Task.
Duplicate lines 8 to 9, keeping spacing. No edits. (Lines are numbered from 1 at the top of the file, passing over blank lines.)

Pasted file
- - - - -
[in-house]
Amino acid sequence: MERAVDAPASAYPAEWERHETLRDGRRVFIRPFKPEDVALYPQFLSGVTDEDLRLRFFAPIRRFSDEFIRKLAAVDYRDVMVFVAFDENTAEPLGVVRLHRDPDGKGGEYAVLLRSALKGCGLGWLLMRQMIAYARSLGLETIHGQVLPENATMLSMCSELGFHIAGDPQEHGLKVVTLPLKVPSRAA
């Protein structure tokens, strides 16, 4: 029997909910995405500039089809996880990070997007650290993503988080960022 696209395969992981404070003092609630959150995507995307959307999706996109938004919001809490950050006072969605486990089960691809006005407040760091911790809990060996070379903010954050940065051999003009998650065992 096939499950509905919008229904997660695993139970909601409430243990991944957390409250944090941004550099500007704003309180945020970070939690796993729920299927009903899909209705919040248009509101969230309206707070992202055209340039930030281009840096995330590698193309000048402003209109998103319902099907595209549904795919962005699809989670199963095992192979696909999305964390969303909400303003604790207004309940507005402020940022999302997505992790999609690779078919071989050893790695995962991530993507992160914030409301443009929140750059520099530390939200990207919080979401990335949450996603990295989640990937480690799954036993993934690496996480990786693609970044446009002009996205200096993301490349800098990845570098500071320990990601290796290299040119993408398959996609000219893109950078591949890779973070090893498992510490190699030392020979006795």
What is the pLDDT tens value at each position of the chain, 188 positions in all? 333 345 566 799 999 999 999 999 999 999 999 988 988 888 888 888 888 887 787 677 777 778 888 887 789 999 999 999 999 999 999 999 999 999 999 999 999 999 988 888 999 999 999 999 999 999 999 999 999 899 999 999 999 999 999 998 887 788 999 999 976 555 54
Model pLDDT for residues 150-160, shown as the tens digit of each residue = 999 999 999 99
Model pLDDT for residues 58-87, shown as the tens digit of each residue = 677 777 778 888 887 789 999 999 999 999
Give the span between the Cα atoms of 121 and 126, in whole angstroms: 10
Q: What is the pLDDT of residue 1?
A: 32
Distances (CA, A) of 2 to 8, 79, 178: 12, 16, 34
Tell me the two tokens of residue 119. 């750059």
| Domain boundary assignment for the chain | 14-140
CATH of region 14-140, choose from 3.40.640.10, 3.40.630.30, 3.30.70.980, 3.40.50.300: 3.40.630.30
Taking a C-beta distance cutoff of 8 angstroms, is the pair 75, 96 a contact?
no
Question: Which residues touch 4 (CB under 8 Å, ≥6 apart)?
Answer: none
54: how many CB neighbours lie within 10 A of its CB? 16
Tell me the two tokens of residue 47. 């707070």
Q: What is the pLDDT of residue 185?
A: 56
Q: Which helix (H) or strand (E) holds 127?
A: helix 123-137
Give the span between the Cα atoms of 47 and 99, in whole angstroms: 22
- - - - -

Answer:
Q: What is the pLDDT of residue 1?
A: 32